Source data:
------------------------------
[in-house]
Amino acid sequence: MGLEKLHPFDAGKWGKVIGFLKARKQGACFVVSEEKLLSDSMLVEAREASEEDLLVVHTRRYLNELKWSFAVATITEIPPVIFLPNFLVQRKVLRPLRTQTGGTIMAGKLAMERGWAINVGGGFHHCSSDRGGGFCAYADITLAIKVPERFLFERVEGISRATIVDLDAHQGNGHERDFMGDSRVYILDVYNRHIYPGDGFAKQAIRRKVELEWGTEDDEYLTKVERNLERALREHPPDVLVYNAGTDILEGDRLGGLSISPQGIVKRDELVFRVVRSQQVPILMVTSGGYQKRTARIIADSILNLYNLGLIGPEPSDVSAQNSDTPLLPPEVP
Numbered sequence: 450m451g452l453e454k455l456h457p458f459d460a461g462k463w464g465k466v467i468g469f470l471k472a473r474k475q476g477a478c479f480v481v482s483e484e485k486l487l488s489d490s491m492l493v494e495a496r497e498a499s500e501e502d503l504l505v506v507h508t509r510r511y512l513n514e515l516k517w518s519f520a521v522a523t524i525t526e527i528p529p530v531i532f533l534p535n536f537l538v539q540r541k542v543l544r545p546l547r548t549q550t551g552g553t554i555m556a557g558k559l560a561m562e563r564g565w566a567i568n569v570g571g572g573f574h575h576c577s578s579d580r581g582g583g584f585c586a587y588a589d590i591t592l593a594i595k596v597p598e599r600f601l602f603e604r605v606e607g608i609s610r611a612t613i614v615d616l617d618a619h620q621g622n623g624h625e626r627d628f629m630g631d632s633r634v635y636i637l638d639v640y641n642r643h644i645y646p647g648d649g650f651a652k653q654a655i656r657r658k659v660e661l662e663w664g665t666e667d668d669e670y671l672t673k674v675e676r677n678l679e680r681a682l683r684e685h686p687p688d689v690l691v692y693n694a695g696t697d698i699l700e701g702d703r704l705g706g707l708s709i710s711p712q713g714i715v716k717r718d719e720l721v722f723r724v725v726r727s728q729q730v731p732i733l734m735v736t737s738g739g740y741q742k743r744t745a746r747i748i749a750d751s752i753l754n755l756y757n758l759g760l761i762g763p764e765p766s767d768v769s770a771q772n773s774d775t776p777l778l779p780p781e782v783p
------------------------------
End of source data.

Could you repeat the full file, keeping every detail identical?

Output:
[in-house]
Amino acid sequence: MGLEKLHPFDAGKWGKVIGFLKARKQGACFVVSEEKLLSDSMLVEAREASEEDLLVVHTRRYLNELKWSFAVATITEIPPVIFLPNFLVQRKVLRPLRTQTGGTIMAGKLAMERGWAINVGGGFHHCSSDRGGGFCAYADITLAIKVPERFLFERVEGISRATIVDLDAHQGNGHERDFMGDSRVYILDVYNRHIYPGDGFAKQAIRRKVELEWGTEDDEYLTKVERNLERALREHPPDVLVYNAGTDILEGDRLGGLSISPQGIVKRDELVFRVVRSQQVPILMVTSGGYQKRTARIIADSILNLYNLGLIGPEPSDVSAQNSDTPLLPPEVP
Numbered sequence: 450m451g452l453e454k455l456h457p458f459d460a461g462k463w464g465k466v467i468g469f470l471k472a473r474k475q476g477a478c479f480v481v482s483e484e485k486l487l488s489d490s491m492l493v494e495a496r497e498a499s500e501e502d503l504l505v506v507h508t509r510r511y512l513n514e515l516k517w518s519f520a521v522a523t524i525t526e527i528p529p530v531i532f533l534p535n536f537l538v539q540r541k542v543l544r545p546l547r548t549q550t551g552g553t554i555m556a557g558k559l560a561m562e563r564g565w566a567i568n569v570g571g572g573f574h575h576c577s578s579d580r581g582g583g584f585c586a587y588a589d590i591t592l593a594i595k596v597p598e599r600f601l602f603e604r605v606e607g608i609s610r611a612t613i614v615d616l617d618a619h620q621g622n623g624h625e626r627d628f629m630g631d632s633r634v635y636i637l638d639v640y641n642r643h644i645y646p647g648d649g650f651a652k653q654a655i656r657r658k659v660e661l662e663w664g665t666e667d668d669e670y671l672t673k674v675e676r677n678l679e680r681a682l683r684e685h686p687p688d689v690l691v692y693n694a695g696t697d698i699l700e701g702d703r704l705g706g707l708s709i710s711p712q713g714i715v716k717r718d719e720l721v722f723r724v725v726r727s728q729q730v731p732i733l734m735v736t737s738g739g740y741q742k743r744t745a746r747i748i749a750d751s752i753l754n755l756y757n758l759g760l761i762g763p764e765p766s767d768v769s770a771q772n773s774d775t776p777l778l779p780p781e782v783p